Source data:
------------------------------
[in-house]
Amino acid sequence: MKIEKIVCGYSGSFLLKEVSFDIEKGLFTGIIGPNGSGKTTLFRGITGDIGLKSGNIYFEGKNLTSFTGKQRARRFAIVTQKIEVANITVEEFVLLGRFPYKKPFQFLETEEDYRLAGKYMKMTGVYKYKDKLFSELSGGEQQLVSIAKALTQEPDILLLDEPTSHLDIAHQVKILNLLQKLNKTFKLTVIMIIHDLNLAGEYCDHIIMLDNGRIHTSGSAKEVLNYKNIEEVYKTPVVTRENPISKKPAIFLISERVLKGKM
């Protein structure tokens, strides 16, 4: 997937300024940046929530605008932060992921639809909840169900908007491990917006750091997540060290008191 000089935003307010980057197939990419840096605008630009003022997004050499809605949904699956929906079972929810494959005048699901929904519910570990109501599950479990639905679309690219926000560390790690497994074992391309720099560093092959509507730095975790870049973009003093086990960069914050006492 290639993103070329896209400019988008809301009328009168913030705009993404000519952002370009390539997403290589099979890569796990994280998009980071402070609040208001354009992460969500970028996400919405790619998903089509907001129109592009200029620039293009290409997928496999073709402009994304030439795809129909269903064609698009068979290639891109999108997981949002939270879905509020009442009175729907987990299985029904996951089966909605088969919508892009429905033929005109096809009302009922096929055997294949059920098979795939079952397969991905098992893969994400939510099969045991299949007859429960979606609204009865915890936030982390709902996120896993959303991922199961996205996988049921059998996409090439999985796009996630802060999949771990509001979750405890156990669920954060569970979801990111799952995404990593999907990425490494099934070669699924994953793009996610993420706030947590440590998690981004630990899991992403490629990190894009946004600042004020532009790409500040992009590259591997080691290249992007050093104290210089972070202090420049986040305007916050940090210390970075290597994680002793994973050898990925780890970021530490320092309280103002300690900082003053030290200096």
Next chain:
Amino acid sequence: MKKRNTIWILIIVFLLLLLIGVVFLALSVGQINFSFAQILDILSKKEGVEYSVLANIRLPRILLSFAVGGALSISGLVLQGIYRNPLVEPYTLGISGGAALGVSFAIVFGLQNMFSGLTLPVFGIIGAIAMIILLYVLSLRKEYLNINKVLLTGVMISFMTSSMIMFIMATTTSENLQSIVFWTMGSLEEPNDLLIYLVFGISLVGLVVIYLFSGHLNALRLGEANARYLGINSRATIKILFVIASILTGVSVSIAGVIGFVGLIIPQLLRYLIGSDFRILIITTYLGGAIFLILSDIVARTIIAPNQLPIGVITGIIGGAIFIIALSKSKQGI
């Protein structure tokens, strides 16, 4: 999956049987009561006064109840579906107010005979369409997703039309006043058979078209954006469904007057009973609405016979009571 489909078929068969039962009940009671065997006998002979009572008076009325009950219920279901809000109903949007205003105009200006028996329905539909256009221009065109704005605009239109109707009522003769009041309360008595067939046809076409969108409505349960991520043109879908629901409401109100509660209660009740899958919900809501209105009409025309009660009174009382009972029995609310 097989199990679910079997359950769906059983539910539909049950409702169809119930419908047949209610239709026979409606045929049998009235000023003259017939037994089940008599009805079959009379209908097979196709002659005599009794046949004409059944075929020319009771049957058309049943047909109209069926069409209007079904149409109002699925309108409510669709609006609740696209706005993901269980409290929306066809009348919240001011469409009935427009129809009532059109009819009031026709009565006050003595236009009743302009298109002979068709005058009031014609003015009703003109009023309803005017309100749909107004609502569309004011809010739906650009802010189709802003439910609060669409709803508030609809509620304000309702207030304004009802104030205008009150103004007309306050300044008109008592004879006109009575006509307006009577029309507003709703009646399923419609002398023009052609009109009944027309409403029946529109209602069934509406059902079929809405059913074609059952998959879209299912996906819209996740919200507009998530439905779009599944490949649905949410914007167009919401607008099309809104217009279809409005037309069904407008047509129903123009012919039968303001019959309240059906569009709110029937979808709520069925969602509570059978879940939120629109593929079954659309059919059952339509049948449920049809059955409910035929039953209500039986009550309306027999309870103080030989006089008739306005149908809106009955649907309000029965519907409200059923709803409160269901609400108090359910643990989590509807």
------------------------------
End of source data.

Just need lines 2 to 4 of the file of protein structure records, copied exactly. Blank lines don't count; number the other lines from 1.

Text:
Amino acid sequence: MKIEKIVCGYSGSFLLKEVSFDIEKGLFTGIIGPNGSGKTTLFRGITGDIGLKSGNIYFEGKNLTSFTGKQRARRFAIVTQKIEVANITVEEFVLLGRFPYKKPFQFLETEEDYRLAGKYMKMTGVYKYKDKLFSELSGGEQQLVSIAKALTQEPDILLLDEPTSHLDIAHQVKILNLLQKLNKTFKLTVIMIIHDLNLAGEYCDHIIMLDNGRIHTSGSAKEVLNYKNIEEVYKTPVVTRENPISKKPAIFLISERVLKGKM
């Protein structure tokens, strides 16, 4: 997937300024940046929530605008932060992921639809909840169900908007491990917006750091997540060290008191 000089935003307010980057197939990419840096605008630009003022997004050499809605949904699956929906079972929810494959005048699901929904519910570990109501599950479990639905679309690219926000560390790690497994074992391309720099560093092959509507730095975790870049973009003093086990960069914050006492 290639993103070329896209400019988008809301009328009168913030705009993404000519952002370009390539997403290589099979890569796990994280998009980071402070609040208001354009992460969500970028996400919405790619998903089509907001129109592009200029620039293009290409997928496999073709402009994304030439795809129909269903064609698009068979290639891109999108997981949002939270879905509020009442009175729907987990299985029904996951089966909605088969919508892009429905033929005109096809009302009922096929055997294949059920098979795939079952397969991905098992893969994400939510099969045991299949007859429960979606609204009865915890936030982390709902996120896993959303991922199961996205996988049921059998996409090439999985796009996630802060999949771990509001979750405890156990669920954060569970979801990111799952995404990593999907990425490494099934070669699924994953793009996610993420706030947590440590998690981004630990899991992403490629990190894009946004600042004020532009790409500040992009590259591997080691290249992007050093104290210089972070202090420049986040305007916050940090210390970075290597994680002793994973050898990925780890970021530490320092309280103002300690900082003053030290200096």
Next chain: